Fort Mangwe (1896) lay at the foot of the Mangwe Pass.  From the outbreak of the rebellion, 150 men, women, and children, both British and Afrikaner, formed a laager and enlarged and improved the fort built by the Southern Column in 1893.

John Lee first went to Matabeleland in 1858 where he obtained Mzilikazi’s permission to hunt.  His hunting was focused in the area of the Shashi River.  His favourite campsite was near the Mangwe Pass.  Lee obtained his grant of land from the Matabele in 1862.  Lee and his wagon, with others, arrived at Umganin from the south on 30th May.  In 1863 John Lee established a farm and house, the ruins of which still stands some two km south of the fort.  Mrs Lee and their infant son Hans and other children joined him there.  Mrs Lee died in childbirth in 1870.  Early in 1880, he invited the Jesuits to establish a station on his land, in order to have his children educated, but nothing came of this.  Lee’s house was an important waypoint and unofficial border to the Matabele kingdom.  In March 1884; in the last-named month of his diaries, Lee fell ill, and he went to live at Zeerust.  After the death of his first wife, Lee had a succession of housekeepers, one of whom he married, but she ran off with a transport rider.  He married a third time.  Lee refused to serve the Chartered Company as a guide and interpreter in the Matabele War of 1893 and his lands were confiscated by the BSAC.


Members gathered as usual at Cresta Churchill on a fine Sunday morning and travelled out to the Inungu Battlefield, immediately west of World’s View and below the impressive Mt Inungu.  The gravel road was still damp from rains, and indeed in the area of the battlefield it was soggy and muddy with water flowing down the ruts.  Fortunately, no one got stuck.  First stop was at the memorial itself, and then retraced our steps a few hundred meters to the actual battlefield where Gavin gave us an outline of the fateful day in 1896.  Whilst the history was interesting, and the military tactics dubious, the scenery was beautiful.  Hard to think of battles in such a setting.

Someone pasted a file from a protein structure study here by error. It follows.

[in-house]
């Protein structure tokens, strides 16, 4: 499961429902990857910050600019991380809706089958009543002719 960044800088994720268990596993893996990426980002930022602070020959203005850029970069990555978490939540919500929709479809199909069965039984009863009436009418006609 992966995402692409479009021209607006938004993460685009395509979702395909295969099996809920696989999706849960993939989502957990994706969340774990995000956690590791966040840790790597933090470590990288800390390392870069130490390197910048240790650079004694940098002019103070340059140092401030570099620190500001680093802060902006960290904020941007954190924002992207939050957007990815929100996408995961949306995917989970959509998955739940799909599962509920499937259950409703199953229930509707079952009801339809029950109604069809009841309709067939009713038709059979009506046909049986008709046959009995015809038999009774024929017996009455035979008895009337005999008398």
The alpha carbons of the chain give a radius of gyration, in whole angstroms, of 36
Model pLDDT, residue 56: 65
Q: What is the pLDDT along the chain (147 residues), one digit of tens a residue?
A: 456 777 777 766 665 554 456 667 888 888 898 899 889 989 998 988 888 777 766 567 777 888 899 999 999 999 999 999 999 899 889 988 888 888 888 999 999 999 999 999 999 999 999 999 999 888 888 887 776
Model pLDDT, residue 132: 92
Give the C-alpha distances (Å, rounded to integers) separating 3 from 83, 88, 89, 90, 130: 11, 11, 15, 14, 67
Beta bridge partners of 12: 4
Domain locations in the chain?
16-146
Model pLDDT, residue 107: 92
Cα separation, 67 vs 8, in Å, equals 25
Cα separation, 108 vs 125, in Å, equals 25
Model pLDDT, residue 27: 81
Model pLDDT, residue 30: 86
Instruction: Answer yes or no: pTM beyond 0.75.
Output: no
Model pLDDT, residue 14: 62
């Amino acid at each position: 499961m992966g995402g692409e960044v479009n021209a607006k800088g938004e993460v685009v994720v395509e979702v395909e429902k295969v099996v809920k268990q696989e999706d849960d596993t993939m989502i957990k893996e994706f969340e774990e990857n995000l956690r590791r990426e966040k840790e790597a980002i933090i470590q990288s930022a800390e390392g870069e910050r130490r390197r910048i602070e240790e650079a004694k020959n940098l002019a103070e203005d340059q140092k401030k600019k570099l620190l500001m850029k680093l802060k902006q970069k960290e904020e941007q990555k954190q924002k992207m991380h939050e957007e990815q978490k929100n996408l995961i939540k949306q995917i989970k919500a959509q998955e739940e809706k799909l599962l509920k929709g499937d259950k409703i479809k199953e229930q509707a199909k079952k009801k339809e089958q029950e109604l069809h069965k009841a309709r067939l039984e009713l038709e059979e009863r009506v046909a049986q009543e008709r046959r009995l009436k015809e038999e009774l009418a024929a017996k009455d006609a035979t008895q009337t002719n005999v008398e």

Thereafter we carried onto Matobo Hills Lodge where we were received by Mr Josh Elliot.  Allowed to picnic in the shade on the lawn, we quickly arranged our standard tea, before embarking on a tour of the Lodge and rooms.  No one was quite brave enough to swim.  Thereafter Josh spoke to us about the history of the lodge, its survival through numerous tribulations and the hopes going forward.  With 45 staff employed it’s no mean achievement.

After lunch folk peeled off to return home, or went to climb the hill behind the lodge, enjoying the magnificent views of Efifi, Worlds View, Inungu and Pomongwe.

We thank Josh and his team for his kindly hosting us.


The season started well, suffered a dry spell through January and recovered well in February.  Then Cyclone Freddy appeared off the coast of Mozambique and hung around for 21 days.  It may well have set the world record for the longest “living” cyclone (lasted 5 weeks and 2 days!) but it destroyed the rainy season for us, as is the usual case with cyclones over the Mozambique Channel.  As a result, whilst we enjoyed slightly above normal rainfall, the season ended early and prematurely.

Western 687mm (Avg 600mm); Central 693mm (Avg 600mm); Eastern 724mm (Avg 830mm); Bulawayo 561mm (Avg 600mm).

Maleme 675.2mm, Toghwana 526.94mm, Whitewaters 561.1mm, Hazelside 381.5mm.


Acknowledgment to Nature World News, Wednesday 22nd February 2023

Gaborone – Due to ongoing and increased poaching, the rhino population in Botswana has been reduced to just 400 individuals.

On Monday, Botswana disclosed that it had experienced a sharp increase in rhino poaching over the five years leading up to 2022, which amounted to about one-third of its population of the critically endangered species.

According to testimony given to parliament by Philda Kereng, minister of tourism, 138 rhinos were killed between 2018 and 2017.